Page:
|Publication number||US4149578 A|
|Application number||US 05/913,072|
|Publication date||Apr 17, 1979|
|Filing date||Jun 6, 1978|
|Priority date||Dec 1, 1976|
|Publication number||05913072, 913072, US 4149578 A, US 4149578A, US-A-4149578, US4149578 A, US4149578A|
|Inventors||Christopher D. D. Hickey|
|Original Assignee||Airflex Containers Limited|
|Export Citation||BiBTeX, EndNote, RefMan|
|Patent Citations (8), Referenced by (27), Classifications (9)|
|External Links: USPTO, USPTO Assignment, Espacenet|
This application is divided out of Application Ser. No. 746,614 filed Dec. 1, 1976 and entitled "CONTAINERS HAVING FLUID-TIGHT SEALING MEANS", now U.S. Pat. No. 4,114,668.
1. Field of the Invention
This invention relates to containers having a fluid-tight sealing means for sealing a flexible cover sheet of impermeable material to an impermeable base or other structure formed at least partly of rigid or semi-rigid material and which may be evacuated or pressurised to protect goods on said base.
2. Prior Art
Containers of this type are known, for example, from British Pat. No. 1,191,921 and U.S. Pat. Nos. 3,850,214; 3,815,650 and 3,929,178. It is known, see, for example, U.S. Pat. No.3,850,214 to effect a seal between a flexible envelope and a base of rigid or semi-rigid material by making use of a flexible inflatable tube along the periphery of the sheet material which tube is inserted into a slot or groove in the rigid or semi-rigid material and then inflated into pressure engagement with the walls of the slot or groove. Such a sealing means finds particular application for containers where the base is formed of impermeable material and either air is evacuated from the container so that the flexible sheet collapses downwardly onto goods to hold them firmly on the base or in which a gas, for example dry air, is put into the envelope. The inflatable tube along the periphery of the sheet can be inserted into a groove or slot extending continuously around the base to effect a fluid-tight seal between the flexible sheet material and the base.
When such a container is used for long term storage, it is possible that there may be loss of fluid pressure in the inflated tube so that the tube is pulled out or partly pulled out of the slot or groove. This problem can arise particularly if the container is transportable as stresses may be applied to the cover when the container is moved. For this reason, it has been proposed in the aforementioned U.S. Pat. No. 3,850,214 to provide auxiliary securing means comprising a flap on the cover sheet which is mechanically secured by eyelets engaging hooks on the base of the container. Such a construction prevents the tube being pulled out of the groove or slot but does not necessarily ensure that the seal between the cover sheet and the base remains airtight if pressure is lost in the inflated tube.
It is an object of the present invention to provide an improved means for sealing the cover of the container to the base in which the use of two separate securing means is obviated.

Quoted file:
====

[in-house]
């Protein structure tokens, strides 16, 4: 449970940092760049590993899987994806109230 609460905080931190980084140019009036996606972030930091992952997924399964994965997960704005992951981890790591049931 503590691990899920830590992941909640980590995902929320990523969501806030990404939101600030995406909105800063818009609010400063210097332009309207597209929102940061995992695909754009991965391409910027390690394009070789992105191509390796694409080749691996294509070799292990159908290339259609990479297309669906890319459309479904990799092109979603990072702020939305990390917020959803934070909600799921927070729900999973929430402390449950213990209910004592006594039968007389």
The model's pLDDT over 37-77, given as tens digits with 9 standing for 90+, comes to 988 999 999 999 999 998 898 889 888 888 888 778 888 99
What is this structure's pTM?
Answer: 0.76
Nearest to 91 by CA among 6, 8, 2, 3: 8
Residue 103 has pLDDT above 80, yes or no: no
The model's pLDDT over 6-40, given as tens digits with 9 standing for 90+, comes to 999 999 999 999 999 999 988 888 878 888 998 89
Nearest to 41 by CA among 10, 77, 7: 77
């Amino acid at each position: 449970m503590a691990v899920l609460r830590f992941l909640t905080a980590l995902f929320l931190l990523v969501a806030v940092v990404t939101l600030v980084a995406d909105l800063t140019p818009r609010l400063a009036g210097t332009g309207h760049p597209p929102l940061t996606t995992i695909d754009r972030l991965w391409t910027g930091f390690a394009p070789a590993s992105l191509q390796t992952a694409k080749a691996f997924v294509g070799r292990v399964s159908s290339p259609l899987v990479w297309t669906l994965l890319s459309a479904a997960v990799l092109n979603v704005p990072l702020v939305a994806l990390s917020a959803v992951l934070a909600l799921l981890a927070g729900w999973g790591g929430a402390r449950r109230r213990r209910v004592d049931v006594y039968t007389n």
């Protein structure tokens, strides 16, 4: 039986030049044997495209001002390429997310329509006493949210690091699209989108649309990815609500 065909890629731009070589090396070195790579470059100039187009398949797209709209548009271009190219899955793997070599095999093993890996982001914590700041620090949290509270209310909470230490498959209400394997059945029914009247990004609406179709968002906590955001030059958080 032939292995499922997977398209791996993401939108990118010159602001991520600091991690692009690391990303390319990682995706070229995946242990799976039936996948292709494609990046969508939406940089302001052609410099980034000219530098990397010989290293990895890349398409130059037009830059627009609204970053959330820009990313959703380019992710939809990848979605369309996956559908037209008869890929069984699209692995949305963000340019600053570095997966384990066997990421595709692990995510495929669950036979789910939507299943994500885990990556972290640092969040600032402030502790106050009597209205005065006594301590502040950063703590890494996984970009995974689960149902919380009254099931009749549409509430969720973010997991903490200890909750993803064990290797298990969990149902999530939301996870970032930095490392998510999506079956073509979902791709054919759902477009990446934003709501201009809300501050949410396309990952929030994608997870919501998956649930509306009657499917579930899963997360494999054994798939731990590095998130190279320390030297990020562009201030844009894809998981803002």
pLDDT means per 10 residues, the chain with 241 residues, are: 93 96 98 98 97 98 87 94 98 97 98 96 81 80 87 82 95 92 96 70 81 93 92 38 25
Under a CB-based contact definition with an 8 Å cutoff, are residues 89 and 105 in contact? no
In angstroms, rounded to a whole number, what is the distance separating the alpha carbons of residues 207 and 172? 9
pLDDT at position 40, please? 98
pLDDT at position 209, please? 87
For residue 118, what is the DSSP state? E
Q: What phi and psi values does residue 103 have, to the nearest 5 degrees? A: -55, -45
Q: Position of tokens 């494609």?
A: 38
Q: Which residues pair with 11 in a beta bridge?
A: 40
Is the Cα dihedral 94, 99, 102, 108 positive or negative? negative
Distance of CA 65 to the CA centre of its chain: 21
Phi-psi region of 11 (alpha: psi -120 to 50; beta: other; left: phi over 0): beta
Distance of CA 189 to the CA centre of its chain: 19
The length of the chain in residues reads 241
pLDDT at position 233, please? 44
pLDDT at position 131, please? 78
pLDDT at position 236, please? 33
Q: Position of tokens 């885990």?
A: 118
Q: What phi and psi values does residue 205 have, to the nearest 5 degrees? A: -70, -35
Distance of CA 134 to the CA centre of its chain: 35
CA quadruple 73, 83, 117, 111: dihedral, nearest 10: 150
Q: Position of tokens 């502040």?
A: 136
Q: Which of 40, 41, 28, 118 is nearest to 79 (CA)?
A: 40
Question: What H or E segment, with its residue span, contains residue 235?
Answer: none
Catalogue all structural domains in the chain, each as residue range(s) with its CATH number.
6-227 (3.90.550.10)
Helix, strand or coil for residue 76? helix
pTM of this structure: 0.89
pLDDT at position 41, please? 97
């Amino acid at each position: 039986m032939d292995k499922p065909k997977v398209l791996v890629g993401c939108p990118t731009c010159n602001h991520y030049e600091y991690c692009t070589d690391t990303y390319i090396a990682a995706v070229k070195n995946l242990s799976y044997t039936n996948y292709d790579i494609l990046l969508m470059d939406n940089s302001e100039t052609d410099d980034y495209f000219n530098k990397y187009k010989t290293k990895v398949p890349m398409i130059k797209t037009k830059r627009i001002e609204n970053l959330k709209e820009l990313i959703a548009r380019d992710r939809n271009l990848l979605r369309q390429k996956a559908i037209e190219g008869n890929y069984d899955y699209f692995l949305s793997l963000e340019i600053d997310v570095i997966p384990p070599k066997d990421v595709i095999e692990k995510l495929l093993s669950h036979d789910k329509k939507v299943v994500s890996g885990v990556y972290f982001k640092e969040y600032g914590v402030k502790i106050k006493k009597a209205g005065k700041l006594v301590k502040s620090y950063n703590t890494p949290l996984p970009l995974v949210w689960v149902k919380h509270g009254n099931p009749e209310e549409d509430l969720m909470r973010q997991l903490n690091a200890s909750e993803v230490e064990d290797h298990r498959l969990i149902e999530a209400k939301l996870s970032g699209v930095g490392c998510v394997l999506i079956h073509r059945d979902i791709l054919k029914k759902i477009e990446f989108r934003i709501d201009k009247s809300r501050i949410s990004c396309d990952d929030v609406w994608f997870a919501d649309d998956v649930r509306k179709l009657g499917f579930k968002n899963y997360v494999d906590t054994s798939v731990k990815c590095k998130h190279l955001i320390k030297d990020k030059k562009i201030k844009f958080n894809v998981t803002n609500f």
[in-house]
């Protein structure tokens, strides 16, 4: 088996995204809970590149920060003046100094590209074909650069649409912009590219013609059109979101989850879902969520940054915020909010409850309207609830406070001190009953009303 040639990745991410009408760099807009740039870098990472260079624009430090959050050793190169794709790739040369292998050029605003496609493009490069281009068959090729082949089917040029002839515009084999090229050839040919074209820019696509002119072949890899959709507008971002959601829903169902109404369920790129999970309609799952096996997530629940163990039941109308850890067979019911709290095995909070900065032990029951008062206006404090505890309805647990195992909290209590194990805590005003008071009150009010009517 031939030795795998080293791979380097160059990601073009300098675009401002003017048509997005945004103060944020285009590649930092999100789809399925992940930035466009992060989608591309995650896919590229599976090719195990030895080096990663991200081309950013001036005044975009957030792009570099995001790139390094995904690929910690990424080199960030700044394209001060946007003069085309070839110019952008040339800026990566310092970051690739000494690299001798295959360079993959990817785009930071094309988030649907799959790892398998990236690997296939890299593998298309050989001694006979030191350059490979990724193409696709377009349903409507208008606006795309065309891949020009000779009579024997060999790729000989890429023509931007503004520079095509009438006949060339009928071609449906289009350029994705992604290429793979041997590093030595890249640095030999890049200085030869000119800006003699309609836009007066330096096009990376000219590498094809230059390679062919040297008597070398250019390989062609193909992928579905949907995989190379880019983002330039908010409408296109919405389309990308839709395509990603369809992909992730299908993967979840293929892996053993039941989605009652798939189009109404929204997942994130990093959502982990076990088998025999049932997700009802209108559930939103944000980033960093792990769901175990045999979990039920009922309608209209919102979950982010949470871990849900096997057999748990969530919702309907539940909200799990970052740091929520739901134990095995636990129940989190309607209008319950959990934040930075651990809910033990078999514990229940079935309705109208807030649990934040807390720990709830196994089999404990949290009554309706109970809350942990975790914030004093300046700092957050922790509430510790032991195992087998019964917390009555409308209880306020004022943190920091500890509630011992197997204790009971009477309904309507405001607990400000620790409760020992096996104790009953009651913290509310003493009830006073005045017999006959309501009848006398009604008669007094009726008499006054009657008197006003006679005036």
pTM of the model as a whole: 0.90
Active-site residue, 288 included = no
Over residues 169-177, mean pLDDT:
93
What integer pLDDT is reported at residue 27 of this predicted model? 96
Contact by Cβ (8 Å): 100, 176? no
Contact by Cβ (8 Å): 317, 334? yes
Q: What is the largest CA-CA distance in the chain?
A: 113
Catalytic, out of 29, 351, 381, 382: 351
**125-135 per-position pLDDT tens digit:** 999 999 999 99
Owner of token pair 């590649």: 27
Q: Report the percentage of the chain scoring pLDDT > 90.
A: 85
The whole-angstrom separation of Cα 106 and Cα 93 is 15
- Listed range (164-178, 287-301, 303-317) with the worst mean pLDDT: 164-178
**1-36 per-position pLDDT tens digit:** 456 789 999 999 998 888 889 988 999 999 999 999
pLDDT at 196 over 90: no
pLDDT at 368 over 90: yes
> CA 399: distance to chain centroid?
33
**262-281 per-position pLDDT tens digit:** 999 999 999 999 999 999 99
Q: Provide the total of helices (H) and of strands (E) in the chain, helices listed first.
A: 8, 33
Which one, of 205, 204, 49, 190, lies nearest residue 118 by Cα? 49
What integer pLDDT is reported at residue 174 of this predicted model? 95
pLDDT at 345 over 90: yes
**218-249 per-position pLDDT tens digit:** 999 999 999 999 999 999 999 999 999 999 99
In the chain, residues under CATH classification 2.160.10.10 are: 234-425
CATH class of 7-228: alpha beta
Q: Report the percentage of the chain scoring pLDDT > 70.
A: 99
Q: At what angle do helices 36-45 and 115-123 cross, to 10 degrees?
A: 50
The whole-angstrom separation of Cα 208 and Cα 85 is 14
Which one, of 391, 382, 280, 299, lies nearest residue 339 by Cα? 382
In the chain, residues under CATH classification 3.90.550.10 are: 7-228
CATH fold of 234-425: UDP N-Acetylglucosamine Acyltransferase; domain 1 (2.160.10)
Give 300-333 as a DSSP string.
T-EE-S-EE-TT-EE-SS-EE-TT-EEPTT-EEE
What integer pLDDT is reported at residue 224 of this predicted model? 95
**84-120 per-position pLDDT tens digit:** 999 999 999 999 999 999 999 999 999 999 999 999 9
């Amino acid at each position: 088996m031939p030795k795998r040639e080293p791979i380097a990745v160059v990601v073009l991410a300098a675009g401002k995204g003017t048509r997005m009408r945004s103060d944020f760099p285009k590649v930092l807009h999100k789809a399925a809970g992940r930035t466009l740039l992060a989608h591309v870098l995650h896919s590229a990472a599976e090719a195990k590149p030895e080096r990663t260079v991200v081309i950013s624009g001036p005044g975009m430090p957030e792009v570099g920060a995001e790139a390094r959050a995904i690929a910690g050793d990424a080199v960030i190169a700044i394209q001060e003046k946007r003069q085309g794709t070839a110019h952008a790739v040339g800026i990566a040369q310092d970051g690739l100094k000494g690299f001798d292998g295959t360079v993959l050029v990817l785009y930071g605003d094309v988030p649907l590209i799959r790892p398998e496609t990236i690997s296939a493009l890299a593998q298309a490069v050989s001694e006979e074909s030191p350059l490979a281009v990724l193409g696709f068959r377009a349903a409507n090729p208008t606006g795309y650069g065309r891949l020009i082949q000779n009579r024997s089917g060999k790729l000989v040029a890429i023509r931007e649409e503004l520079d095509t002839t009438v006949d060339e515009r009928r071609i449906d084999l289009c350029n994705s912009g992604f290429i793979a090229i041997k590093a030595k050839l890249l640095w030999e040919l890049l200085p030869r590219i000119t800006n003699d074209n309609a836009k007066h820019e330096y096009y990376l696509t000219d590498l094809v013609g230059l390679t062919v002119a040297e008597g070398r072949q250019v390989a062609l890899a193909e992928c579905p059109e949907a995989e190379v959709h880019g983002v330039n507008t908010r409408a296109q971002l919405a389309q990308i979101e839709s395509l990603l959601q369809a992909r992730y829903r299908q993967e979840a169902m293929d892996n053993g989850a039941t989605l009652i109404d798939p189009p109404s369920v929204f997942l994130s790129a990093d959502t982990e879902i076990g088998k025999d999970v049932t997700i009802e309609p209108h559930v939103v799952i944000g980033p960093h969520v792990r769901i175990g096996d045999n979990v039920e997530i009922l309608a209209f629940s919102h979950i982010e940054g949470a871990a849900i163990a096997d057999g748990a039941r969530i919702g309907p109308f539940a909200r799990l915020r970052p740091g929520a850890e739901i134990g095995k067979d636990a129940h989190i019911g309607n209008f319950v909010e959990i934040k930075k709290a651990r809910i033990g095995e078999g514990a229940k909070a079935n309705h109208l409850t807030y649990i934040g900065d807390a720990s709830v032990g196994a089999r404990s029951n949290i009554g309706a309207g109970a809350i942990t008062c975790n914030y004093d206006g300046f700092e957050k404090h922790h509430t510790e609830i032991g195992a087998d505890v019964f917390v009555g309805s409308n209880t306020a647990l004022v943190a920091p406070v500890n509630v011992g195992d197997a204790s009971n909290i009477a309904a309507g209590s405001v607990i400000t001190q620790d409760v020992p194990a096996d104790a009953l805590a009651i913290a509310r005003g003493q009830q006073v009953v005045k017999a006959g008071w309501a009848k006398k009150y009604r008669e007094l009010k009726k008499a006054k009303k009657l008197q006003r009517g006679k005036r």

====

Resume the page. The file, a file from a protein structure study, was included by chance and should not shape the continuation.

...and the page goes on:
According to this invention, a container comprises a flexible cover sheet of impermeable material and an impermeable base, the base having a load-carrying surface with an endless groove extending around that surface or at least around a major part thereof, said groove comprising two spaced upright wall members sealed to or integral with the base, and the cover having, around its periphery or attached to its periphery, an endless male member for inserting into said groove, said male member being formed at least partly of elastomeric material and shaped to be a force fit into said groove between said upright walls or between linings on said walls so as to form an airtight seal between the cover and the base and wherein valve means are provided in the base or the cover to permit the interior of the container to be pressurised or evacuated of air.
With this construction, the male member is forced into the endless groove or slot and is resiliently retained therein by the resilience of the elastomeric material of that member and/or by the resilience of the lining if a lining is provided in the slot or groove.
The male member may be a solid member which is a force fit in the slot or groove. In this case, preferably said endless male member is formed of elastomeric material shaped with ridges or projections on at least one of the surfaces facing a wall of the slot or groove. Preferably also with such a construction, the walls of said slot or groove are lined with a resilient material which is softer than the material of the male member.
In one form of construction, the male member has ribs or projections extending longitudinally along one or both of its side faces. Such ribs or projections might be formed as rounded beads or pointed or cusp-shaped projections. In one convenient form of construction the projections are wedge-shaped projections, the wedge shapes being such as to facilitate entry of the male member into the groove but having shoulders which resist withdrawal of the male member from the groove engaging into the soft lining of the groove.
Preferably the male member is shaped to have a rib or ribs or other projection which extends outwardly from the outer wall of the envelope beyond the outer edge of the outer wall of the groove when the male member is inserted in the groove. Such a rib or other projection facilitates manual gripping of the male member to force it into the groove when sealing the container and to remove it therefrom when unsealing the container.
The male member conveniently is formed of a relatively hard plastics material. This member may be formed integrally with the cover or may be secured thereto, e.g. by welding or by an adhesive or it may be separate from the cover; in the last-mentioned case, the peripheral portion of the cover is put into the groove and the male member then forced into the groove to wedge the cover therein.
The aforementioned lining of the groove is preferably of a soft resilient material for example rubber, which is softer than the male member. This lining material may have outwardly-turned portions or enlarged ends extending over the tops of the side walls of the groove.